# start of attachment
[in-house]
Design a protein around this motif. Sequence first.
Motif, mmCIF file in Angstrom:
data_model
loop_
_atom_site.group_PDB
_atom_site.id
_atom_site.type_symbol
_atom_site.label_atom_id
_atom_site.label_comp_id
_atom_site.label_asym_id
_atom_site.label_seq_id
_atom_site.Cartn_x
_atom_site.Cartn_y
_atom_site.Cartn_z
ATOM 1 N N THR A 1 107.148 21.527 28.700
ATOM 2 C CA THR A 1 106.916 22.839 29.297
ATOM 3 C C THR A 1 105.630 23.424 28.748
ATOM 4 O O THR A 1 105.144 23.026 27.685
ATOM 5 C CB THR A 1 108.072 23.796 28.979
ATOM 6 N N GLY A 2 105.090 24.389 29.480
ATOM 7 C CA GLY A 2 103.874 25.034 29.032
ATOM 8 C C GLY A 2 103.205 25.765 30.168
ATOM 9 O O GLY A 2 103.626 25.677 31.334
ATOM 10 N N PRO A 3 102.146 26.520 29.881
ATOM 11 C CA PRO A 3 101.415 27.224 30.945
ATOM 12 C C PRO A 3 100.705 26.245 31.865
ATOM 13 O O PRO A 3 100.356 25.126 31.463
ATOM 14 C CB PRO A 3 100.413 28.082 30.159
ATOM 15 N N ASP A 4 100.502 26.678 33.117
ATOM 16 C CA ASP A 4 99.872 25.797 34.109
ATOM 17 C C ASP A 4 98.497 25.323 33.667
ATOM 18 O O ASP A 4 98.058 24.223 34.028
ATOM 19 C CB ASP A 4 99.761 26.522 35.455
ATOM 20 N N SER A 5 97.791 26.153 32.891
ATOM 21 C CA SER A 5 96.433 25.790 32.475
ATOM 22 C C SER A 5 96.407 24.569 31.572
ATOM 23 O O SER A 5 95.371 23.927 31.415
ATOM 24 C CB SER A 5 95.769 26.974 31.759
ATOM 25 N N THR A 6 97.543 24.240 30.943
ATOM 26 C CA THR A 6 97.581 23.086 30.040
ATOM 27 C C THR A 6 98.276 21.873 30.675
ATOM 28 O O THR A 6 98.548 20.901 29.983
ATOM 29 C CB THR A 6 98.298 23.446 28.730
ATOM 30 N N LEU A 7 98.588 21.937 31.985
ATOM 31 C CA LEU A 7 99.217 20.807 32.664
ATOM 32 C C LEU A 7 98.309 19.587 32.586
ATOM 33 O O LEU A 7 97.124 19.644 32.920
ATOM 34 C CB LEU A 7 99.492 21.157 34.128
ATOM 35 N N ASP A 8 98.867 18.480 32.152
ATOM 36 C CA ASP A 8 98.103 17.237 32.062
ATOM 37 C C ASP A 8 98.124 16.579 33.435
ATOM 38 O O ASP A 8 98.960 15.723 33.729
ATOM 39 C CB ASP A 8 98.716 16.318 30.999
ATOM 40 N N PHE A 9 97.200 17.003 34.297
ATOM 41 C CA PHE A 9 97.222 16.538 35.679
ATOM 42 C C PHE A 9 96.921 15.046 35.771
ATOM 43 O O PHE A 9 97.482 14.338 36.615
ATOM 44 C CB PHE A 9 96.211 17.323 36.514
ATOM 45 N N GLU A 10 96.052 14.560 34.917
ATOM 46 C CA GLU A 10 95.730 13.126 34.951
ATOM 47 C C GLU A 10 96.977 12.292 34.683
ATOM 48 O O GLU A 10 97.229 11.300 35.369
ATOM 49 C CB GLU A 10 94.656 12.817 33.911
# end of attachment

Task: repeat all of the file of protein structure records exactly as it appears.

[in-house]
Design a protein around this motif. Sequence first.
Motif, mmCIF file in Angstrom:
data_model
loop_
_atom_site.group_PDB
_atom_site.id
_atom_site.type_symbol
_atom_site.label_atom_id
_atom_site.label_comp_id
_atom_site.label_asym_id
_atom_site.label_seq_id
_atom_site.Cartn_x
_atom_site.Cartn_y
_atom_site.Cartn_z
ATOM 1 N N THR A 1 107.148 21.527 28.700
ATOM 2 C CA THR A 1 106.916 22.839 29.297
ATOM 3 C C THR A 1 105.630 23.424 28.748
ATOM 4 O O THR A 1 105.144 23.026 27.685
ATOM 5 C CB THR A 1 108.072 23.796 28.979
ATOM 6 N N GLY A 2 105.090 24.389 29.480
ATOM 7 C CA GLY A 2 103.874 25.034 29.032
ATOM 8 C C GLY A 2 103.205 25.765 30.168
ATOM 9 O O GLY A 2 103.626 25.677 31.334
ATOM 10 N N PRO A 3 102.146 26.520 29.881
ATOM 11 C CA PRO A 3 101.415 27.224 30.945
ATOM 12 C C PRO A 3 100.705 26.245 31.865
ATOM 13 O O PRO A 3 100.356 25.126 31.463
ATOM 14 C CB PRO A 3 100.413 28.082 30.159
ATOM 15 N N ASP A 4 100.502 26.678 33.117
ATOM 16 C CA ASP A 4 99.872 25.797 34.109
ATOM 17 C C ASP A 4 98.497 25.323 33.667
ATOM 18 O O ASP A 4 98.058 24.223 34.028
ATOM 19 C CB ASP A 4 99.761 26.522 35.455
ATOM 20 N N SER A 5 97.791 26.153 32.891
ATOM 21 C CA SER A 5 96.433 25.790 32.475
ATOM 22 C C SER A 5 96.407 24.569 31.572
ATOM 23 O O SER A 5 95.371 23.927 31.415
ATOM 24 C CB SER A 5 95.769 26.974 31.759
ATOM 25 N N THR A 6 97.543 24.240 30.943
ATOM 26 C CA THR A 6 97.581 23.086 30.040
ATOM 27 C C THR A 6 98.276 21.873 30.675
ATOM 28 O O THR A 6 98.548 20.901 29.983
ATOM 29 C CB THR A 6 98.298 23.446 28.730
ATOM 30 N N LEU A 7 98.588 21.937 31.985
ATOM 31 C CA LEU A 7 99.217 20.807 32.664
ATOM 32 C C LEU A 7 98.309 19.587 32.586
ATOM 33 O O LEU A 7 97.124 19.644 32.920
ATOM 34 C CB LEU A 7 99.492 21.157 34.128
ATOM 35 N N ASP A 8 98.867 18.480 32.152
ATOM 36 C CA ASP A 8 98.103 17.237 32.062
ATOM 37 C C ASP A 8 98.124 16.579 33.435
ATOM 38 O O ASP A 8 98.960 15.723 33.729
ATOM 39 C CB ASP A 8 98.716 16.318 30.999
ATOM 40 N N PHE A 9 97.200 17.003 34.297
ATOM 41 C CA PHE A 9 97.222 16.538 35.679
ATOM 42 C C PHE A 9 96.921 15.046 35.771
ATOM 43 O O PHE A 9 97.482 14.338 36.615
ATOM 44 C CB PHE A 9 96.211 17.323 36.514
ATOM 45 N N GLU A 10 96.052 14.560 34.917
ATOM 46 C CA GLU A 10 95.730 13.126 34.951
ATOM 47 C C GLU A 10 96.977 12.292 34.683
ATOM 48 O O GLU A 10 97.229 11.300 35.369
ATOM 49 C CB GLU A 10 94.656 12.817 33.911